SPANISH NORTHhe French Position in North Africa. the French protectorates of Tunisia and Morocco are nominally sovereign states under their own native rulers, the Bey and the Sultan. In practice France controls and administers each country. Algeria isas an integral part of France. French security control of the three regions ls main-tamedarrison ofroops1endarmerie. At the same time, French ability to control Tunisia and Morocco through pro-French native elements is likely to become weakened: (a)esult ofactivities, native officials are likely to attend to their duties with mcreasing fear and reluctance; (b) French-supportedreligious confraternities are likely to lose their fervor and influence as modernism spreads; (c) outlying Berber tribes will be drawn increasingly into the mainstream of nationalist action as more and more of their members migrate to thehe French Government and theesidents in North Africa of French descent (colons) dominate the administration and the economy ln all three areas; most technical and supervisory positions are held by the French.arge majority of these colons strongly oppose concessions to local nationalists, advocate severe repression of nationalism, and haverowingto undertake vigilante retaliation against terrorism. They have considerable influence on the French Residencies in Tunisia and Morocco and on Paris because of their French citizenship and political and financial connections in the metropole. This group thusajor Impediment to the formation and implementationiberal French policy for North Africa.

includes two Infantry divisions now beingfrom France.

he Rise of Nationalism in French North Apnea. The most serious problem in North Africa is the growing state of tension created by the postwar growth of nationalistespecially in Tunisia and Morocco. In Algeria nationalist sentiment Is less intense. Among the Arab and Berber population,the small educated classes, there hasteady Increase ln politicaland sense of national identity, largelyesult of the continuing Impact of Western political, social, and economic concepts and institutions, and the concomitant weakening of belief in the traditions and socialot Islam. The nationalists in general look toward ultimate Independence, but they are split into moderate and extremist factions which vary In their immediate demands Moreover, the nationalist movement inis still internally divided and in some areas of Tunisia and Morocco it has been deprived of effective leadership through However, the nationalist parties Ln the protectorates areonsiderable degree of organization, especially ln Tunisia. Because of French suppression of nationalist activities, the leading parties have been forced to operatelandestinelthough nationalism has nowhere yet developed the strength toerious threat to over-all French control, the inability of moderate nationalists In either Tunisia or Morocco to secure substantial concessions from the French has led to the growth of extremism and to terrorist activities which the French have been unable to repress. The naUon&Lists have been encouraged to press their demands more actively by developments in Iran and Egypt, and by the externaland support they have received. In particular, Arab-Asian efforts to secureN hearing have servedajor stimulus to their cause. Furthermore, France'sand lass of prestige in Indochina haverowing number of nationalists to regard extremist tactics as the path to independence. And, while some nationalist leaders may believe that the outcome indemonstrated the dangers of beingup while collaborating with themany of their followers probably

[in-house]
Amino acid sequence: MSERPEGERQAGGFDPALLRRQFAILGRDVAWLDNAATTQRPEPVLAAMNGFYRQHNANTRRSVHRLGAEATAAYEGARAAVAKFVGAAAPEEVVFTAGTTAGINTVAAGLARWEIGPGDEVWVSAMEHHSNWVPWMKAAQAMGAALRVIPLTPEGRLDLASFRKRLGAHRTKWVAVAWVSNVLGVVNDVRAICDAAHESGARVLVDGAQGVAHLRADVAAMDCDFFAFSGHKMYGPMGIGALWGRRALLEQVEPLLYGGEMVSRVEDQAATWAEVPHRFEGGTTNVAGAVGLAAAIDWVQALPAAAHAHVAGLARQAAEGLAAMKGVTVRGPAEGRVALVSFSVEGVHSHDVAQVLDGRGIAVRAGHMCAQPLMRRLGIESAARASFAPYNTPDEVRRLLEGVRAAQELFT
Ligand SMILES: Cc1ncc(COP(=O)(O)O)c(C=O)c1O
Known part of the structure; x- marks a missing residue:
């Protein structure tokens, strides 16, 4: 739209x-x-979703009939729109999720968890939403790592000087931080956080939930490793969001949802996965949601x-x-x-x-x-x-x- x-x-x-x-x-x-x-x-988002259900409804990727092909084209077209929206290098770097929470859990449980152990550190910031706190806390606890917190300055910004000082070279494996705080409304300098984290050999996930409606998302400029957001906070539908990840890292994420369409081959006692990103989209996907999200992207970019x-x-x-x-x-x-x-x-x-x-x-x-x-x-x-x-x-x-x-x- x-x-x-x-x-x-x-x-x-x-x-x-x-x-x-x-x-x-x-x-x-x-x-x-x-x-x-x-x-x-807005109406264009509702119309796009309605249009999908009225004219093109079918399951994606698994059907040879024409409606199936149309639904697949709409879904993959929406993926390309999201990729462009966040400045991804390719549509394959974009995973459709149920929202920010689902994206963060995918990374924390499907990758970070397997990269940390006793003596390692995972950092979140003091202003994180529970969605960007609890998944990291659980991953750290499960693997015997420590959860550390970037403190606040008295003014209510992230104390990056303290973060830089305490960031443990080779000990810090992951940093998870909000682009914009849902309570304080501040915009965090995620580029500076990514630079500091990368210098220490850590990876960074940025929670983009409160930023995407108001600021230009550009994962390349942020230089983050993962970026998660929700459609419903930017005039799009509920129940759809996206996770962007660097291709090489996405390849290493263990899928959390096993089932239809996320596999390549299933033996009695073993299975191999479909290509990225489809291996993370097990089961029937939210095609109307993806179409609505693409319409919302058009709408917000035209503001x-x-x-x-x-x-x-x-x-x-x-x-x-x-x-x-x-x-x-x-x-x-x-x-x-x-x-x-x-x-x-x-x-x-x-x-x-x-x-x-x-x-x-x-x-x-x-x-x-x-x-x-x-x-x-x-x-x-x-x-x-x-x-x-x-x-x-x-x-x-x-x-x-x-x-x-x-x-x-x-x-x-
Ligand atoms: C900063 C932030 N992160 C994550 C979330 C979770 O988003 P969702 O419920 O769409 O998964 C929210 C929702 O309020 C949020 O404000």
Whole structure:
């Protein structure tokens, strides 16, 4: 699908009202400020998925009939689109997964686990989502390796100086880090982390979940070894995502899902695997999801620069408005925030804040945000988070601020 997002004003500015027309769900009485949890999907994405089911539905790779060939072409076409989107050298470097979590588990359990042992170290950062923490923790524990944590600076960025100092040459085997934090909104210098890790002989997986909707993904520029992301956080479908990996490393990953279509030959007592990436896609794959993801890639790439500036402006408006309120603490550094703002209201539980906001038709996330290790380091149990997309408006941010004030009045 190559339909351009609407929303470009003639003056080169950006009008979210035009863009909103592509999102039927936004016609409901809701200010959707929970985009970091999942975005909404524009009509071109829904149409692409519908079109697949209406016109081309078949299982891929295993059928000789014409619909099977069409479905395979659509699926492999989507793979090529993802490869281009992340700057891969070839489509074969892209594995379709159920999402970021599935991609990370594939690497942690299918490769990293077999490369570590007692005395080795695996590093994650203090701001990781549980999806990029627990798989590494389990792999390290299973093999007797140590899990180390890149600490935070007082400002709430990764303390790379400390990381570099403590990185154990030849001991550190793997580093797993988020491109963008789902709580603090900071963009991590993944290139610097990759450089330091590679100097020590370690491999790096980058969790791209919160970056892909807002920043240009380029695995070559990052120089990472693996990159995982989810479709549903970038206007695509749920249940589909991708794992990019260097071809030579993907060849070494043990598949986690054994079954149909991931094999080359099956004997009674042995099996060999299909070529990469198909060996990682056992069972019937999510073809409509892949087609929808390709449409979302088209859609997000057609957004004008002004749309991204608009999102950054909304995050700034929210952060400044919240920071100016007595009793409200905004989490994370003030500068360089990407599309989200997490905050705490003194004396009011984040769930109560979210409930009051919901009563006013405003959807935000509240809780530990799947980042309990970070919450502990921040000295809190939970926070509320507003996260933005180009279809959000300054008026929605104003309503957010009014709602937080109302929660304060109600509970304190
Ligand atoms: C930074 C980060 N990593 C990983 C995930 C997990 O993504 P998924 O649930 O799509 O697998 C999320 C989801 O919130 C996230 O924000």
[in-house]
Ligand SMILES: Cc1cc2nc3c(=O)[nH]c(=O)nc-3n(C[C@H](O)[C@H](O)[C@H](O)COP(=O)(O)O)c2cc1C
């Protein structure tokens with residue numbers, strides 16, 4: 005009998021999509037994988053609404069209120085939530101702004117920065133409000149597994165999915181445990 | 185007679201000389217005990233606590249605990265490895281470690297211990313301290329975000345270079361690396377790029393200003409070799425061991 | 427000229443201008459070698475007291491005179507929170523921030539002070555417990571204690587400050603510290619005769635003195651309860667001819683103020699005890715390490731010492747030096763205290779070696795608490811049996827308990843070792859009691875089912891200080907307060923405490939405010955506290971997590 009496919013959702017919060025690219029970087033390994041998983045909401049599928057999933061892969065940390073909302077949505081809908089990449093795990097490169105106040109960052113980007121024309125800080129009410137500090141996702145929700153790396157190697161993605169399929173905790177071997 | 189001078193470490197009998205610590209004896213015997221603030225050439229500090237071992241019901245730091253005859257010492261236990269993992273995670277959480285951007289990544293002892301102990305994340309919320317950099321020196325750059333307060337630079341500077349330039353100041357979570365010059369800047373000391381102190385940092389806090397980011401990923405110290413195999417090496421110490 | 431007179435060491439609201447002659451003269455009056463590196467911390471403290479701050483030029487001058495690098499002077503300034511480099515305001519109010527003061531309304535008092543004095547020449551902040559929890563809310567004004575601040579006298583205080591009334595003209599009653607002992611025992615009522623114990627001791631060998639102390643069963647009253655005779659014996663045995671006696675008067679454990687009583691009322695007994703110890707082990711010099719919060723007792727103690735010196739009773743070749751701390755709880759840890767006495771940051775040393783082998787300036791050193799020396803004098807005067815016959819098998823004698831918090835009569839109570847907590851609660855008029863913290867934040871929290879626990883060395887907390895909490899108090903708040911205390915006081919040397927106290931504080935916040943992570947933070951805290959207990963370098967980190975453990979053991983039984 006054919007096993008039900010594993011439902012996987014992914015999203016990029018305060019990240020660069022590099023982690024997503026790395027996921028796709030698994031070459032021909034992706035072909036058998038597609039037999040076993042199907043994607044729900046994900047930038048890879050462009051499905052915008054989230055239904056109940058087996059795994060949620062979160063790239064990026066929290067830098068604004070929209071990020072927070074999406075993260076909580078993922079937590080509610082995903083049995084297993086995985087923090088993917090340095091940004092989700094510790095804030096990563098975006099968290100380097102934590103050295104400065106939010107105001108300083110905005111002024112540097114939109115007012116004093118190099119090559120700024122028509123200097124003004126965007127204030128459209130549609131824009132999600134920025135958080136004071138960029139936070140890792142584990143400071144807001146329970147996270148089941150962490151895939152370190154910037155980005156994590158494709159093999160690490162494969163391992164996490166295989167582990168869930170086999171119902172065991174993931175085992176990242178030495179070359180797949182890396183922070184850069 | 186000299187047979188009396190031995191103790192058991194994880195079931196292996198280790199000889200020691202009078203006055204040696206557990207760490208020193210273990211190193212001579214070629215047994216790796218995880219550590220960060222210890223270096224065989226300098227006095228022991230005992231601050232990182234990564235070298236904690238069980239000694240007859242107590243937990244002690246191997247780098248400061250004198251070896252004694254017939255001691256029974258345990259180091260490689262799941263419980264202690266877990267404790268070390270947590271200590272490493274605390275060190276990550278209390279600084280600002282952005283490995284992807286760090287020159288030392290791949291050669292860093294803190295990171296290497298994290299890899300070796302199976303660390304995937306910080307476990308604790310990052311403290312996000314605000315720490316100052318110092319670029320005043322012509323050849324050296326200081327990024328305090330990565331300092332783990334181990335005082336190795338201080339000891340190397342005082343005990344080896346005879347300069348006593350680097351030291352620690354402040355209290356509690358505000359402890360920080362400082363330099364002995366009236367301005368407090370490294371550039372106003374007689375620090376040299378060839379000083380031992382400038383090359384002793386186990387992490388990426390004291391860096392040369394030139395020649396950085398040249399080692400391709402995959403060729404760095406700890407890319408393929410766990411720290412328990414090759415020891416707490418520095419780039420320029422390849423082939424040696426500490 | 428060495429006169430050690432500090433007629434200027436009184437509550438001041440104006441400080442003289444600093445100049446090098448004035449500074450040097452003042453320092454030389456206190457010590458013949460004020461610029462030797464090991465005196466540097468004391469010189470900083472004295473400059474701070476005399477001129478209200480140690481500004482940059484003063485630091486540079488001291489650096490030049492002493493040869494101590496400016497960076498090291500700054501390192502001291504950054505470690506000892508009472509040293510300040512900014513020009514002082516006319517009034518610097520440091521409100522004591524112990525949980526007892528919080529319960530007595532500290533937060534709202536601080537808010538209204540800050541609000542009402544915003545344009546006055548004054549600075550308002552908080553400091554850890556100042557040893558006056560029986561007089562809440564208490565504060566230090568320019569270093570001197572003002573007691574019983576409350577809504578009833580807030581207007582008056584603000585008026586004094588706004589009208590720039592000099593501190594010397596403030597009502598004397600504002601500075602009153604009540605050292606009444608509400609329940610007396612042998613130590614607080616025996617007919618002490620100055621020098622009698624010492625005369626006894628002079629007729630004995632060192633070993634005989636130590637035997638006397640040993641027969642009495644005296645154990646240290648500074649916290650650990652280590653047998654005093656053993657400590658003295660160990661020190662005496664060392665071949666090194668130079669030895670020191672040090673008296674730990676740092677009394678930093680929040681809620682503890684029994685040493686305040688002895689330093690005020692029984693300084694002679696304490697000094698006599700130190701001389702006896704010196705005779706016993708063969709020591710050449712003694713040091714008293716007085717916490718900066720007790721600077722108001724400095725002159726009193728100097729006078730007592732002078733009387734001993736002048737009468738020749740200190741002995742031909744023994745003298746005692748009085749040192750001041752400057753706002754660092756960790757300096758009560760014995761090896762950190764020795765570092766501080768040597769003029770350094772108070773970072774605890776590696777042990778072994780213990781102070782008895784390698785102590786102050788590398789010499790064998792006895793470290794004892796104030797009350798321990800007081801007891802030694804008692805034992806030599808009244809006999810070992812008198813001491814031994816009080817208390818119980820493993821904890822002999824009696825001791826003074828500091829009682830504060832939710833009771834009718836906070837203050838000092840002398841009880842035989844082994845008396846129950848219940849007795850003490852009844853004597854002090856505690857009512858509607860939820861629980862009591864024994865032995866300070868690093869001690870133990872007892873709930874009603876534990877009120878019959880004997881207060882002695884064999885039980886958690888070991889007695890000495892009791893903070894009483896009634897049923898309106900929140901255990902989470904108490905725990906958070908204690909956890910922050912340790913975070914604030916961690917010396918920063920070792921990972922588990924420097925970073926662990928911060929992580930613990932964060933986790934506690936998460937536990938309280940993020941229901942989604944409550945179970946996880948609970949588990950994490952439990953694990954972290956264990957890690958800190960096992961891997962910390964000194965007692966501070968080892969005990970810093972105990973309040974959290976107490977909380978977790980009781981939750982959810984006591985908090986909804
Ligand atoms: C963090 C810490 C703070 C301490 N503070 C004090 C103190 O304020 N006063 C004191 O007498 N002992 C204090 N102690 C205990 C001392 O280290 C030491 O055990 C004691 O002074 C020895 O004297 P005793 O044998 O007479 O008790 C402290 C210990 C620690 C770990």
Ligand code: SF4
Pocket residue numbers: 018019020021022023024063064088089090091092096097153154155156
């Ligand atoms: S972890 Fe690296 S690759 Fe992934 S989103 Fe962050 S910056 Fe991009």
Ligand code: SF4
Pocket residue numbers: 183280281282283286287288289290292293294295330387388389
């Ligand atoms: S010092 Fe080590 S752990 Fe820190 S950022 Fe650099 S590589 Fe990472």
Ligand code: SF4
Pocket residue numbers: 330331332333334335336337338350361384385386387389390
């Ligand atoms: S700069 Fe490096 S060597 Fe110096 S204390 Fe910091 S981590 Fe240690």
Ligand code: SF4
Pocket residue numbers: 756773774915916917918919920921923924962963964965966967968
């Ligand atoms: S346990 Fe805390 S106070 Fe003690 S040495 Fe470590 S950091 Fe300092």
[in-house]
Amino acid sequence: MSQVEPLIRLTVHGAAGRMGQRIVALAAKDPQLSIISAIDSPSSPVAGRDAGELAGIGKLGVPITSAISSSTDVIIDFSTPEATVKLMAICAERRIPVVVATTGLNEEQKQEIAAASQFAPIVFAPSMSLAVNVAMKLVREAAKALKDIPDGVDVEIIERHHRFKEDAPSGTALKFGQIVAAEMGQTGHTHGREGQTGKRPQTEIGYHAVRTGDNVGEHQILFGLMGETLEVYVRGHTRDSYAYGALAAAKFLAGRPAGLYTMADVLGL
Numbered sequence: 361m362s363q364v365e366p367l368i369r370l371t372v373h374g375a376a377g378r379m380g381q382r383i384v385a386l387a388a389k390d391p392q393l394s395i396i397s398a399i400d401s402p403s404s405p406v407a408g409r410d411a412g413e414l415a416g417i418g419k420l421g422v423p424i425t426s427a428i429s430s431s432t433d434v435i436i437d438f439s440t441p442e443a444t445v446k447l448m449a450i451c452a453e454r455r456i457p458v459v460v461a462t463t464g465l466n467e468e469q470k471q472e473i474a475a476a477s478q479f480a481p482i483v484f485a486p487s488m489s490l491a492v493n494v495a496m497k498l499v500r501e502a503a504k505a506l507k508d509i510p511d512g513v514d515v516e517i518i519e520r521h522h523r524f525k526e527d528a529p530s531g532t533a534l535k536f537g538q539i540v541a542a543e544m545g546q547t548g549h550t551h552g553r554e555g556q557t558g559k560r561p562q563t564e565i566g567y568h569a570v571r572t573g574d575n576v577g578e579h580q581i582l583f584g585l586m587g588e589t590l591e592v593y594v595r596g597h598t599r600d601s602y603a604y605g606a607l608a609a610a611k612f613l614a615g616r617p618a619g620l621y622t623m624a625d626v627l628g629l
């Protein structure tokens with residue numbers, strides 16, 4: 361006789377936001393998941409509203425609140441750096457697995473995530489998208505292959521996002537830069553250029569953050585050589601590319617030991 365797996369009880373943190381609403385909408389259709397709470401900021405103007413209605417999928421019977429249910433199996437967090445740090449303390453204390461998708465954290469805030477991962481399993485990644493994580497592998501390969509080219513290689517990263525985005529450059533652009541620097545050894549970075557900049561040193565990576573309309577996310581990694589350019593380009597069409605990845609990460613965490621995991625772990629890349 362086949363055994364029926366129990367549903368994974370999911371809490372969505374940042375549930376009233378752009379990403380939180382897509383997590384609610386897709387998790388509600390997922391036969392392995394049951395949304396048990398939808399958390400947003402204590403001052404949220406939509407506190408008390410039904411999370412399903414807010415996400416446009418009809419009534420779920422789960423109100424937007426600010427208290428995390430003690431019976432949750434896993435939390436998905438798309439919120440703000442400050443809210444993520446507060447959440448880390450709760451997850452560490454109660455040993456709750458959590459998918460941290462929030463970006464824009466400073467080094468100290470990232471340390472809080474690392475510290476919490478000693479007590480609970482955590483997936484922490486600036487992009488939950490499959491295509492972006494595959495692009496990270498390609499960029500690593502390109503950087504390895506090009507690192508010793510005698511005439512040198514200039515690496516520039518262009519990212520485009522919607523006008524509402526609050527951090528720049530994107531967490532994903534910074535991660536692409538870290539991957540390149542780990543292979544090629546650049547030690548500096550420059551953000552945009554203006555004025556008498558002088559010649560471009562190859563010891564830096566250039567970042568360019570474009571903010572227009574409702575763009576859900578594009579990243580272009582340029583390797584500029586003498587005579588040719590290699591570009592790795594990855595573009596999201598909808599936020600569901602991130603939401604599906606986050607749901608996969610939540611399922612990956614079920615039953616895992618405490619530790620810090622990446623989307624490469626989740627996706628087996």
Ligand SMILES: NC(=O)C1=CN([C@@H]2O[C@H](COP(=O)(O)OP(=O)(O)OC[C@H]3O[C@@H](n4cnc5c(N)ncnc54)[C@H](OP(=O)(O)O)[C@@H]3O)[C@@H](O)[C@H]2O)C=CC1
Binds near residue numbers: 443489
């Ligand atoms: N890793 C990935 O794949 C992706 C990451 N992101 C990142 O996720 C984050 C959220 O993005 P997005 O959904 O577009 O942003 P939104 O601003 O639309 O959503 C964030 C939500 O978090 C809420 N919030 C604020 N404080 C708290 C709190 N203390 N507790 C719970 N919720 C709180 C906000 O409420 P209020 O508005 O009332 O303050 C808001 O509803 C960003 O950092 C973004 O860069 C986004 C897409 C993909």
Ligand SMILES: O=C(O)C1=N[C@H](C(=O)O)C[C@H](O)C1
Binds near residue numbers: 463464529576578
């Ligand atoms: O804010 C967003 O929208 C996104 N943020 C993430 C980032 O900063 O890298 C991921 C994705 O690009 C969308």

believe that events In Indochina demonstrated the effectiveness of Communisterrorist Activities. Organized terrorist campaigns have developed during the past two years in Tunisia and sincen Morocco. The rise of terrorism has largely been due to: (a) the inability of moderate nationalist leaders to win concessions from the French; (b) the reaction in Morocco to the Sultan's deposition; (cj French arrest of the recognized nationalist leaders, leaving the field clear for more extremist elements; (d) repressive actions which drove the nationalist parties underground; and (e) the utility of violent tacticseans of attractingattention. There have beenindications that moderate leaders who have rejected violence as their majorof political action are losing control over extreme nationalists. Terrorist operations in both protectoratesonsiderableof general guidance and coordination on ategional level, but specific actions and tactics do not appear to be coordinated and some actions probably are spontaneous in character.